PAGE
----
Samuel Fuller: The Naked Kiss (1964)

naked kissIt’s been a while since I really talked out of my ass. Let’s do this!

So–briefly, I dedicated my life to filmmaking. I made one film, which was enough to teach me I never wanted to make another one ever again—because filmmaking involves working with other people, and other people suck—specifically, other people who write uninspired, faux-gritty, noir-inspired scripts that can only be read as vehicles for overacting. Me? I worshipped Godard and Truffaut’s early work—particularly Breathless with its self-referential film noir qualities…so you can guess how our relationship played out. (I cut him out of production by keeping him out of the loop).

Anyway, I had this 40-minute masterpiece, back when I was confident enough to sneak into dirty hotel rooms and scream at my actors (complete strangers) “WHAT DO YOU MEAN YOU’RE HAVING SECOND THOUGHTS ABOUT THE NUDITY?” “OF COURSE YOU NEED TO PISS ON CAMERA INTO THE BATHTUB—AND YOU’RE DRINKING BEERS UNTIL YOU CAN SQUEEZE SOMETHING OUT!” I miss being confident and always right. Anyway, my masterpiece got edited down by the now-back-in-the-loop producer to, like, 10 minutes of crap since I wouldn’t use his neo-noir script, and the resulting crap won 4th place in a competition for grad students (I was all of 18 years old)—which, when I was informed of this on the last day of class, resulted in me cussing out the class for being such idiots, and quitting the film department.

One of the things we used to study was self-reflective films—and it all came rushing back to me when I watched Samuel Fuller’s The Naked Kiss. The self-reflective scene? When the over-acting cop undergoes an unexpected change of heart and acting ability, and tells the prostitute that the film can never end unless she stops over-acting also…in not so many words. She tones it down, the little girl confesses, and the movie ends.

Is it noir? I guess so. Fuller was associated with Fritz Lang at least as far back as the 1940s, removing us to the theatrical roots of German expressionism, so to some extent making the works of Fuller quintessentially pure noir.

Here’s the bottom line—I think Fuller’s Naked Kiss is pure schlock. Considering it from a collegiate standpoint, we’d probably focus in on undercurrent of childhood/motherhood/where babies come from:

  • ex-prostitute
  • begins film bald like a newborn baby
  • ends up sharing a room with a man—who happens to just be a sewing mannequin
  • becomes assistant in hospital for disabled children
  • weeps when she looks at a baby
  • pays her friend to skip town and secretly have her baby rather than abort it
  • reveals that she’s unable to have children
  • falls in love with guy over their shared ability to quote Lord Byron—(whose reputation for naughty love was pretty great, although Shelley might be more fitting since he killed more of his own children)
  • accidentally gets engaged to a child molester
  • navigates out of jail with the help of a pregnant woman and a molested child

The moral ambiguity results from the grandson of the town’s founder, the most popular guy in town, being a child molester; and the town’s other leading citizen, its favorite police officer, basically screwing every young woman that shows up in town before getting them jobs at his favorite brothel. And yet, he still approaches justice with a fair hand, which is what saves the heroine’s life. As she leaves the jail, she is surrounded by hundreds of the town’s mothers—supposedly to celebrate her saving the town’s children. They look like a lynch mob. We’d ultimately conclude that there’s some loss of innocence in America.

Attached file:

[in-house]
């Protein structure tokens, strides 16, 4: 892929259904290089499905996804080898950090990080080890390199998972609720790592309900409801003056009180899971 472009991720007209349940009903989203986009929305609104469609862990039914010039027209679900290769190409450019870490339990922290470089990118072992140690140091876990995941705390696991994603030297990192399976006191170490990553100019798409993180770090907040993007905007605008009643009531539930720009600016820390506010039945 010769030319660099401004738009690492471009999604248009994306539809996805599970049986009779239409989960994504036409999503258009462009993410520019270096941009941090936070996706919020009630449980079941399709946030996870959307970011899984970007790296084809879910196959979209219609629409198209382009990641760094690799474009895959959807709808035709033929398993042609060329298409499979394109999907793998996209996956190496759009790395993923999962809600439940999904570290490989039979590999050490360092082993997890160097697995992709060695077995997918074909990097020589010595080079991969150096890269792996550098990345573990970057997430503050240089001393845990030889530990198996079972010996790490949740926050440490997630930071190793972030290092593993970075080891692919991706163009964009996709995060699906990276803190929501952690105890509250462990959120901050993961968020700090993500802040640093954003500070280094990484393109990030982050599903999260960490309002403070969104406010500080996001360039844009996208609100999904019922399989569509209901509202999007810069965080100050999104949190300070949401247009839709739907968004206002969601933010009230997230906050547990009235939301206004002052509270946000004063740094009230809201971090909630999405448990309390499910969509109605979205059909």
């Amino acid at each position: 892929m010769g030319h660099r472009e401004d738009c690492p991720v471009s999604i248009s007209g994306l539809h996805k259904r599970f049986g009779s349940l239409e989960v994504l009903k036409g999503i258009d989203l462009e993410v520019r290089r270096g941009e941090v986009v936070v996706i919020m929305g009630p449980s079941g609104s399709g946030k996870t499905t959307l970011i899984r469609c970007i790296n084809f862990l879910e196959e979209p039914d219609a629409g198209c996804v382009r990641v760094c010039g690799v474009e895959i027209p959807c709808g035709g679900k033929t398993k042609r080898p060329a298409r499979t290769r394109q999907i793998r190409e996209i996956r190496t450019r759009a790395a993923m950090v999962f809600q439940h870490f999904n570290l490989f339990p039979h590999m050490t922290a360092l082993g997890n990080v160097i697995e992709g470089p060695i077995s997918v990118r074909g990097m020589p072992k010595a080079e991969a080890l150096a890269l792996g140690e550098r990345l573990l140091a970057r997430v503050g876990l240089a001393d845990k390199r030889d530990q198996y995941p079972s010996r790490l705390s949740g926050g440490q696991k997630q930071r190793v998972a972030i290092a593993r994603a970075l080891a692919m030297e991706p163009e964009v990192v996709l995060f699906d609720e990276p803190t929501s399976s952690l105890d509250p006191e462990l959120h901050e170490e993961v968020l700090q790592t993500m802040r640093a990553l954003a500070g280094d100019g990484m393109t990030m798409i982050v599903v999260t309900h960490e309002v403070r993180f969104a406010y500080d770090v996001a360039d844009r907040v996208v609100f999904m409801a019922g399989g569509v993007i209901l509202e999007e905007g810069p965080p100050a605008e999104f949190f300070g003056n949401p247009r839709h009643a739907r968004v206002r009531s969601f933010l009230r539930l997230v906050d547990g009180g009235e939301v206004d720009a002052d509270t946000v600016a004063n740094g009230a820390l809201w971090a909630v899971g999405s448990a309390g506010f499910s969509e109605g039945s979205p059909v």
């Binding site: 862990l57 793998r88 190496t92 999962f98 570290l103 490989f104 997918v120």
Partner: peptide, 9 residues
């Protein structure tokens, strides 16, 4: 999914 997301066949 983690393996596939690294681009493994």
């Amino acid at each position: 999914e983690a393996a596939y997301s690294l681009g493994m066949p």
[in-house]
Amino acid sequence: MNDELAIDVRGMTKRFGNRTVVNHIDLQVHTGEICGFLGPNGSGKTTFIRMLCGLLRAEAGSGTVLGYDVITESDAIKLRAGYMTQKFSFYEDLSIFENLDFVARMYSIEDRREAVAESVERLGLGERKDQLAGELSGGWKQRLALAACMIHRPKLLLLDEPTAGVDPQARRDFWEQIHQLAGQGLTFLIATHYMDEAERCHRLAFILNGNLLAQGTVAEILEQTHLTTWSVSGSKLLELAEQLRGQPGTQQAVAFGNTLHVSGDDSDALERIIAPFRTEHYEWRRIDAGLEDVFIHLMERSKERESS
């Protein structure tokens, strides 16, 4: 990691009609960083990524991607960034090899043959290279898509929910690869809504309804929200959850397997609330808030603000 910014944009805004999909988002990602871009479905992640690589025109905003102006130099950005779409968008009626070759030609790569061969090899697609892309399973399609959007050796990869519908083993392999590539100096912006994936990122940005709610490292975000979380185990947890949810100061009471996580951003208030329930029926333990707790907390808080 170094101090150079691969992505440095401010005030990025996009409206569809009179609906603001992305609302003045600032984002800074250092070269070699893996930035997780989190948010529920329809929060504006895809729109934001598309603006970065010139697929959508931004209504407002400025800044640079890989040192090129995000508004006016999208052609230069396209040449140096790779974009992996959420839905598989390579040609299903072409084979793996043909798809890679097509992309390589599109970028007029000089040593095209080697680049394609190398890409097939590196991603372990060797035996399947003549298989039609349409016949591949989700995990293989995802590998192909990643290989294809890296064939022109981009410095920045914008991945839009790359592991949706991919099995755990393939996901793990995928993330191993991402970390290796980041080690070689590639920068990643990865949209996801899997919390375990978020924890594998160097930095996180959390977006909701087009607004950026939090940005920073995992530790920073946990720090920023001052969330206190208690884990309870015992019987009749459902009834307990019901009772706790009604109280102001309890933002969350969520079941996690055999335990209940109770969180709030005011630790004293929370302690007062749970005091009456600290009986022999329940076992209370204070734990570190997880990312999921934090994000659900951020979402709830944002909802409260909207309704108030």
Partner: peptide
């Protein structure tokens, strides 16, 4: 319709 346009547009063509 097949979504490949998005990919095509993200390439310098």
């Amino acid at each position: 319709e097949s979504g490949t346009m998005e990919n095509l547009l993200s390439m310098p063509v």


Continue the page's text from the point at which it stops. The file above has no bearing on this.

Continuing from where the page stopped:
Where did noir come from? A combination of the crime literature popularized during the Depression—potentially before, as Richard Wright discusses his obsession with it in his boyhood (Black Boy)—as well as the visual techniques of German / Weimar Republic theater and cinema. It’s best known, though, as a 1940s and 50s American phenomenon, whether B-films or Humphrey Bogarts.

For this reason, I think the origins are perhaps most likely the response of German artists to the experience of WWI. French impressionist cinema bears many of the same hallmarks—subjectivity, hard lighting, disjointed narratives, a psychological focus. And whether it’s a nationalist backlash to Hollywood or picking up where the avant-garde left off, the result is a collective European reset on a post-Renaissance, post-Enlightenment world, a world in which the horrors of the other, of technologically backwards villages in one’s own nation, of vampires and phantom carriages, of one’s unresolved childhood sexual urges are no longer what strikes fear in the hearts of the masses, the bourgeoisie, or even the intelligentsia. Now that everyone’s been to the same trenches, learned to fight under common banners, the same nightmares strike all survivors—yet, a common film language is inadequate to speak to this new, common reality.

The result, rather, is a common film language that rejoices in an off-kilter visual and narrative representation of what previously made sense. Why did it make sense previously? Because world history was a progression from ignorance to knowledge, from chaos to order—for instance, turning India into a modern nation, Africa divided up into modern nations, the Middle East into modern nations—chaos to order, a notion that may have died in art, but certainly not in politics.

The old language was of love, folk tales, comedy—the new language is one of complexity, and mostly, one of darkness. Every viewer sees a different image on the screen in the distorted lenses, in the shadows, in the disorienting camera angles, and further, every viewer understands a different story, and at different rates. For once, it was possible to leave the theatre without a clue as to what’s transpired on-screen!

This was the generation that was forced out of an increasingly elegant universe into one in which morality held no bearing, where every man had spent time with prostitutes, murdered other innocent men, seen his closest friends tortured to death by that same science meant to help us live in health and happiness forever.

So, the generation who followed—they weren’t the first. What they inherited was a ready-made film language, as well as a world that everyone could agree was no longer particularly enlightened.